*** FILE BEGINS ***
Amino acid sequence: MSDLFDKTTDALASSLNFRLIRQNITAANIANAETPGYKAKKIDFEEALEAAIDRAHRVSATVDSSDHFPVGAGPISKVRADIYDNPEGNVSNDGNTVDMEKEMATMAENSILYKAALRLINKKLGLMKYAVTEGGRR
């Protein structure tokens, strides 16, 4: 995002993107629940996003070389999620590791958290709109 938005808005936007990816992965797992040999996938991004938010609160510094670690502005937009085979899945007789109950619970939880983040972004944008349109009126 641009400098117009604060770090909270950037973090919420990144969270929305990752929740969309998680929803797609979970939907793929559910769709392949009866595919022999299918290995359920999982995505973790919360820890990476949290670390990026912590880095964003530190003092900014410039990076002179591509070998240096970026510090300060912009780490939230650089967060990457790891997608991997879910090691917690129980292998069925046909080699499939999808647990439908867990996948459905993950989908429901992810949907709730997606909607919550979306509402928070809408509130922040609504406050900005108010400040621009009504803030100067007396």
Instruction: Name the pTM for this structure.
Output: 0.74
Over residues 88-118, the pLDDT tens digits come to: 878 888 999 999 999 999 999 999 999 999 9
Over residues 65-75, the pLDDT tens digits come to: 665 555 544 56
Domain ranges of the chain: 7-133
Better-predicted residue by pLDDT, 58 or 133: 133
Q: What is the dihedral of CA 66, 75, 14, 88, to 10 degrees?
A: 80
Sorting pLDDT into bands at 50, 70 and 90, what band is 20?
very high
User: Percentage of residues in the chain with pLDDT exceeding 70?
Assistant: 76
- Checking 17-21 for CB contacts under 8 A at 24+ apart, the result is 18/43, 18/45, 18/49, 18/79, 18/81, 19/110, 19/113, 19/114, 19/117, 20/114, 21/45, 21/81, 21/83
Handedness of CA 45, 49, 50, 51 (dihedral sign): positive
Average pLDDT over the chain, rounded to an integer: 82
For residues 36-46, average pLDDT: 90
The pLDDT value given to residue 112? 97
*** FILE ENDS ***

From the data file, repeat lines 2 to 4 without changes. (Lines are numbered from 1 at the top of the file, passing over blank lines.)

């Protein structure tokens, strides 16, 4: 995002993107629940996003070389999620590791958290709109 938005808005936007990816992965797992040999996938991004938010609160510094670690502005937009085979899945007789109950619970939880983040972004944008349109009126 641009400098117009604060770090909270950037973090919420990144969270929305990752929740969309998680929803797609979970939907793929559910769709392949009866595919022999299918290995359920999982995505973790919360820890990476949290670390990026912590880095964003530190003092900014410039990076002179591509070998240096970026510090300060912009780490939230650089967060990457790891997608991997879910090691917690129980292998069925046909080699499939999808647990439908867990996948459905993950989908429901992810949907709730997606909607919550979306509402928070809408509130922040609504406050900005108010400040621009009504803030100067007396």
Instruction: Name the pTM for this structure.
Output: 0.74